Is it possible to wear 2 condoms for “reliability”?

Is it possible to wear 2 condoms for “reliability”?.

You were offered someday to use two condoms at the same time during sex, because it should allegedly reduce your chances of getting pregnant and infected with STIs? Is it reliable? Is it safe to use spermicide lubricant? If you ever asked these questions, read about it further.

You think that two are always better than one? Perhaps, but definitely not in the case of using condoms. The simultaneous use of two male condoms is not recommended, because this can increase friction between condoms during intercourse, which increases the likelihood of their gap. The same applies to the simultaneous use of male and female condoms.

Perhaps you will be reassured by the fact that condoms are reliable in preventing not only pregnancy, but also SPPP. Studies have shown that only two out of every 100 pairs, correctly and constantly using condoms during the year, an undesirable pregnancy occurs, which gives the 98 percent effectiveness of this method of contraception. It is important to note that when condoms still fail, this is most often the result of the human factor – the mistakes that people make, and not the defect of the condoms themselves. With improper use (for example, the simultaneous use of more than one condom, improper put on the condom, re -use of the condom, etc.D.) the effectiveness of condoms is significantly reduced.

Other effective ways to reduce the likelihood of pregnancy include the use "Reserve method" contraception in addition to condoms, for example, spermicide. Other options include the use of condoms with diaphragm, contraceptive tablets or other hormonal method. There are many options, and each person is unique in what suits him.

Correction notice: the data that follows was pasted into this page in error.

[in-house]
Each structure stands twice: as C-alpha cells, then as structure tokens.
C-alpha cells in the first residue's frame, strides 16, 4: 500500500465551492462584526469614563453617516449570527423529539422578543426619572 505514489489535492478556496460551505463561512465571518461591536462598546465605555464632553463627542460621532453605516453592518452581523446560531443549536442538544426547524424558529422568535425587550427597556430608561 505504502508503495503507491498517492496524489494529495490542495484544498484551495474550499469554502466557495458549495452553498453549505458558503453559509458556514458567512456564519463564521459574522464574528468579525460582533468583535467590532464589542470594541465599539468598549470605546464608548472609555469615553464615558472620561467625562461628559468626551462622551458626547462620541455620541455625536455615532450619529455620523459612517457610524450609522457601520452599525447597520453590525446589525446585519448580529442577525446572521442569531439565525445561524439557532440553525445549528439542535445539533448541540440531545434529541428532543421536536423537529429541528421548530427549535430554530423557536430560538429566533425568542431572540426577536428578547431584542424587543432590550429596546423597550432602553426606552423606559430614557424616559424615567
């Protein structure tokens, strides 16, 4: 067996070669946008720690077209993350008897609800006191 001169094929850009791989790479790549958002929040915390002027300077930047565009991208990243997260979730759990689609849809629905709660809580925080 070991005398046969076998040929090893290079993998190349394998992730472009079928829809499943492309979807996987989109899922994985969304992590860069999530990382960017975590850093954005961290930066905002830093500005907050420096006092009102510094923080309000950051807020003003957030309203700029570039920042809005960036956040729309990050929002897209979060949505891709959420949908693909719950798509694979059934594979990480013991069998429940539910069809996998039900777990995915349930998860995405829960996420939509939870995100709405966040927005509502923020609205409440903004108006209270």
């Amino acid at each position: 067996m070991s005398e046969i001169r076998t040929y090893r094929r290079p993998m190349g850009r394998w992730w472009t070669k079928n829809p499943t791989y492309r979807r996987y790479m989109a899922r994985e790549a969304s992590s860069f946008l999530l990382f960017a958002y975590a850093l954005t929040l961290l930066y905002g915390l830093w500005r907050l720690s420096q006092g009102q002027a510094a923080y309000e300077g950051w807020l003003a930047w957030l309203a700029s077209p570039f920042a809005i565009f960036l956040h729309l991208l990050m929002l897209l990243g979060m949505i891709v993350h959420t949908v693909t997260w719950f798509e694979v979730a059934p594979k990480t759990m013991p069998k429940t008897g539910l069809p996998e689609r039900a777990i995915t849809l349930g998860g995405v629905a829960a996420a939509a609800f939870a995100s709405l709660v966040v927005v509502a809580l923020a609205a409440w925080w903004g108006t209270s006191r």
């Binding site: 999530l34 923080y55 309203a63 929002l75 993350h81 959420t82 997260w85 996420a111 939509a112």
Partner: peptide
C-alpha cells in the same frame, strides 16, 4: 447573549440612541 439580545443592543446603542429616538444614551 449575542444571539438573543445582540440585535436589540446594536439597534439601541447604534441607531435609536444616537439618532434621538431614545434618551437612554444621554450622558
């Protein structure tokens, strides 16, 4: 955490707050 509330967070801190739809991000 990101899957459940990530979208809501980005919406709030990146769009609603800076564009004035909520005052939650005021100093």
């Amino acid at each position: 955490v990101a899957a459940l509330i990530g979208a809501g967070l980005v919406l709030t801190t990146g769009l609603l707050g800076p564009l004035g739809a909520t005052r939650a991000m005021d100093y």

As for what spermicidal lubricant is "the best" – You (and your partner) can only find out by trial and error. Some people notice that spermicides irritate their skin. Nonoxinol -9 is the most common spermicide in the United States, and with too frequent use or irritation, tissue can be inflamed, which increases the risk of HIV or other IPPs.

It should be remembered that spermicides help only protect against pregnancy and are not an effective tool to prevent the transfer of STIs. From the point of view of the effectiveness of pregnancy prevention, spermicides (if they are used without another method of contraception) are less effective than condoms. If people always use spermicides in accordance with the instructions, 15 out of 100 get pregnant every year. Spermicides will be more effective for preventing pregnancy, if they are used in combination with a female or male condom. Also remember that when choosing a lubricant for use in combination with a condom (regardless of whether it contains spermicide or not), choose a water -soluble type, and not on an oil basis. Oil -based lubricants destroy latex condoms.

Give pleasure and stay safe!

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